After my post yesterday, and my mention of seeing The Rapture (1991) again, an analogy occurred to me. It's one thing to call the Judeo-Christian god petty and sadistic. It's another to explain what you mean. So, here's one of a...well, of countless...examples: That whole Garden of Eden thing, Adam and Eve and the serpent. That chestnut. Here's the same story - the very same story – recast in less fantastic language. An unnamed adult (ADULT) places two three year olds, a boy and a girl, in a large room filled with every manner of toy they might ever desire, every sweet confection, a computer with the best games, every imaginable three-year-old delight, and the children are told, "You may play with all these things, and eat whatever you wish, and as much as you wish. But...you see that jar of Watermelon-flavored Jelly-Belly jelly beans over there? You do? Okay, now...that's the one thing you must not eat from. Now, I'm going to leave you to your own devices. Be good, kiddos." (No explanation is offered as to why the beans must be left alone.) And the adult goes away. And the two children have a blast, for days and days and days.

But, eventually, a loudspeaker mounted in one corner begins to whisper sibilantly about those Watermelon-flavored Jelly Belly jelly beans. It whispers, and most persistently, and, kids will be kids, and...when the unnamed adult returns to find the forbidden beans of jelly have been tasted, the two children are shamed with the harshest possible language, then tossed from the paradise of that room. They're thrown out into the cold winter streets, and guards are placed at the doors, that they can never again enter the marvelous room. Because they ate jelly beans that were placed there so that they would be tempted to eat the jelly beans. And there was that voice planted there to help them along, right? Don't think for a moment the adult didn't put that speaker there (whether or not the voice was his or hers, that's another matter). But it gets better, which is to say it gets worse. For having tasted the Watermelon Jelly Bellies, no child may ever again enter the room, and all the descendents of these two children will suffer unspeakable agonies and trials, and die, and face an eternity of torment unless they love the sadistic adult (ADULT) in question, despite this dirty, little trick with the jelly beans and the whispers...and, well, you know the story. And no, this is no more simplistic a parable than the original. Just a tiny bit more honest. And don't give me that "freewill" bullshit. ADULT knew better. He/she knew the nature of the children, she/he made them. The whole thing was rigged. For the Bible tells us so.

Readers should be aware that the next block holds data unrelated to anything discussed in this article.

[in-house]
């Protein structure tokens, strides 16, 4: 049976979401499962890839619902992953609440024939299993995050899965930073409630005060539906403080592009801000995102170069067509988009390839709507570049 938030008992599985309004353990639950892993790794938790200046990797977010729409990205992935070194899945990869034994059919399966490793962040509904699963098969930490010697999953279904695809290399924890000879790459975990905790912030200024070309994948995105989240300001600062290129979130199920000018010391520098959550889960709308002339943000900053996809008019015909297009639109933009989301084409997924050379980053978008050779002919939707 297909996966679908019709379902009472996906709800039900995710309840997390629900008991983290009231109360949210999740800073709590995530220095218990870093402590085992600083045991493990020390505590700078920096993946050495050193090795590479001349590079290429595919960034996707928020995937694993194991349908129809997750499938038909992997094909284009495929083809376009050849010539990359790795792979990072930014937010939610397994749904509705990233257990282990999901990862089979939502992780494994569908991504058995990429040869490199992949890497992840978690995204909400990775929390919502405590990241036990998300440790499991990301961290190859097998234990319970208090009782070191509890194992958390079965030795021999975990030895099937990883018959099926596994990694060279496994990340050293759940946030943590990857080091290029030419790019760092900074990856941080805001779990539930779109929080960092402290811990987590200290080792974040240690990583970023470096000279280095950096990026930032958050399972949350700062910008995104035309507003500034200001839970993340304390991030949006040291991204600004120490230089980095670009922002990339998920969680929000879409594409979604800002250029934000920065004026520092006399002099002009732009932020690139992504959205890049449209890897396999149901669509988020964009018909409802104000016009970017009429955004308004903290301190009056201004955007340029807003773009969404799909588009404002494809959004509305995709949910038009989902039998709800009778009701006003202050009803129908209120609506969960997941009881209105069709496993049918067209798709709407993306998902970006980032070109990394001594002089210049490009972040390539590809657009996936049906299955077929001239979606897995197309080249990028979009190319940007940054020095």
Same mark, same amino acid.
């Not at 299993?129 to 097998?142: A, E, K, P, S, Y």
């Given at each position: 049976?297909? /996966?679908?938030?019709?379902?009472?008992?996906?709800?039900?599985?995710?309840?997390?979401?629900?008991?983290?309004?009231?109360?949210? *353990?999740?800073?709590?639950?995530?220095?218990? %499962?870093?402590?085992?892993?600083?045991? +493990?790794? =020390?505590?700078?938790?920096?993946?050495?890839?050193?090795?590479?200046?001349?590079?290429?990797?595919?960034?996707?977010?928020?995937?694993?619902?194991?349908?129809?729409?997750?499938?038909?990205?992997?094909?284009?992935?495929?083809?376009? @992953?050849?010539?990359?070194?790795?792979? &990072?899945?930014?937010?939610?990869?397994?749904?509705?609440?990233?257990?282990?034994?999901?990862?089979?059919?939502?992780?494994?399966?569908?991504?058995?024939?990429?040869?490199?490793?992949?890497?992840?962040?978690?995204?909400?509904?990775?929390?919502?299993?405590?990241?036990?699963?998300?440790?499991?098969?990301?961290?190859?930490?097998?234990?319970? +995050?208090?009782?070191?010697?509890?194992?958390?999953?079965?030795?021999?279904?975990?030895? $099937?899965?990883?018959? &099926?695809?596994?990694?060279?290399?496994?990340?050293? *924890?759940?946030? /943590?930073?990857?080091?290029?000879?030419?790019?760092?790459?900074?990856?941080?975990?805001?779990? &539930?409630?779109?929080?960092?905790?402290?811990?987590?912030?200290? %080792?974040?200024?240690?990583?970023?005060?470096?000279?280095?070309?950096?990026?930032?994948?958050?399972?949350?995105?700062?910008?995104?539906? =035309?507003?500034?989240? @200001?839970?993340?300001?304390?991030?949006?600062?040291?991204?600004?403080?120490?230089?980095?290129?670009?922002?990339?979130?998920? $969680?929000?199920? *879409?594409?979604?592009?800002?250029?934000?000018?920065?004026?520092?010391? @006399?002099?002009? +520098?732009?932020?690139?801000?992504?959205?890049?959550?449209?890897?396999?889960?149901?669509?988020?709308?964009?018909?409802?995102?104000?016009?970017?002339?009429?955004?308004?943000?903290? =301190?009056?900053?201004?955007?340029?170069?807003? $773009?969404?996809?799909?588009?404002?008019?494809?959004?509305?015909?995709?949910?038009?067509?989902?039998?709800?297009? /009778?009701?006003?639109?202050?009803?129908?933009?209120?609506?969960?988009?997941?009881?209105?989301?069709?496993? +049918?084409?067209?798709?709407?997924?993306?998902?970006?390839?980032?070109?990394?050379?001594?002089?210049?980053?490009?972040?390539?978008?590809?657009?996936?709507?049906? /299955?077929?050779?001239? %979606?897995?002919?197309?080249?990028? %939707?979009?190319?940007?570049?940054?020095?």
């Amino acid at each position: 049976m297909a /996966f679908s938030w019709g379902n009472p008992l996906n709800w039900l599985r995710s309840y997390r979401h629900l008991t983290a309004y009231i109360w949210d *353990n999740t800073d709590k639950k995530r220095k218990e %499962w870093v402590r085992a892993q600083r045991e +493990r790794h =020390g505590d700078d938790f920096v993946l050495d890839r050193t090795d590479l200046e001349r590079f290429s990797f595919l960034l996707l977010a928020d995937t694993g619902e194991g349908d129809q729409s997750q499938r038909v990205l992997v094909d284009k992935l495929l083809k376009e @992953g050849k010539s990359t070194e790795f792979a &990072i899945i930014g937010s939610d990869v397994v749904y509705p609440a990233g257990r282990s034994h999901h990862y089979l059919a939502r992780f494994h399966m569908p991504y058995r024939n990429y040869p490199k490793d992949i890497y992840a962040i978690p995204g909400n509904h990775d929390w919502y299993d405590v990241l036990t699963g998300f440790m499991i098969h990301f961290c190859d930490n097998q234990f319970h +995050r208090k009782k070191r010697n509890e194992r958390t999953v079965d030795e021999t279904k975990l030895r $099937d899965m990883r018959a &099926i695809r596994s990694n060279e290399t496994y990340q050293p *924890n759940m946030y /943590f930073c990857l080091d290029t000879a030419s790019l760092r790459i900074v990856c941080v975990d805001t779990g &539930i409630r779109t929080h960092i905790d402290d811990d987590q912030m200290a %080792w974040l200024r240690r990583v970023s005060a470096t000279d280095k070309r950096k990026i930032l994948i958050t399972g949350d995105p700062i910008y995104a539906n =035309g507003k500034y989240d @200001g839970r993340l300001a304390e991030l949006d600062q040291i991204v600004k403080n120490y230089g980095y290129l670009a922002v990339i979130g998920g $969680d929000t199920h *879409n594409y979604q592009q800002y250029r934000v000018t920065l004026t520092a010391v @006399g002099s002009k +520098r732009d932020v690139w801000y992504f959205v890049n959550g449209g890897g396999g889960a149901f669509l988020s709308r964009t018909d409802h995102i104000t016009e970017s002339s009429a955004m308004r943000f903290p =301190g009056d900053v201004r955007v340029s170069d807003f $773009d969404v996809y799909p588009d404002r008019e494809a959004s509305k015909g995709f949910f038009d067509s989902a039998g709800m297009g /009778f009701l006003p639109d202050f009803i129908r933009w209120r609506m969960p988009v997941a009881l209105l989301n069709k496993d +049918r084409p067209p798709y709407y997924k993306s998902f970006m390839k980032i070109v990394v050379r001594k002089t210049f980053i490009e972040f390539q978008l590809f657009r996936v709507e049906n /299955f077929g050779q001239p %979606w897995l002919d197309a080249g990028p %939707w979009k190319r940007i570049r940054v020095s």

---

Spooky's Hallowe'en Sale isn't quite over, so have a look.

Last night, some good RP in Insilico, and then a tiny dash of RIFT. Then we watched last week's episode of Ryan Murphy's American Horror Story, and...it was...surprisingly better. It was actually...haunting. A tremendous number of story threads and themes were skillfully tossed about and interwoven and, hell, it would have made a fine last episode. Still that Dark Shadows camp, but elevated just a bit. Moments of genuine chill. I think it's possibly more interested in the problem of hauntings than in ghosts, and that would be a good thing. Oh, and now Zachary Quinto, also known as Spock #2 and My Second Husband (you get to guess who's my First and Third husbands are), has joined the cast...so I have to keep watching.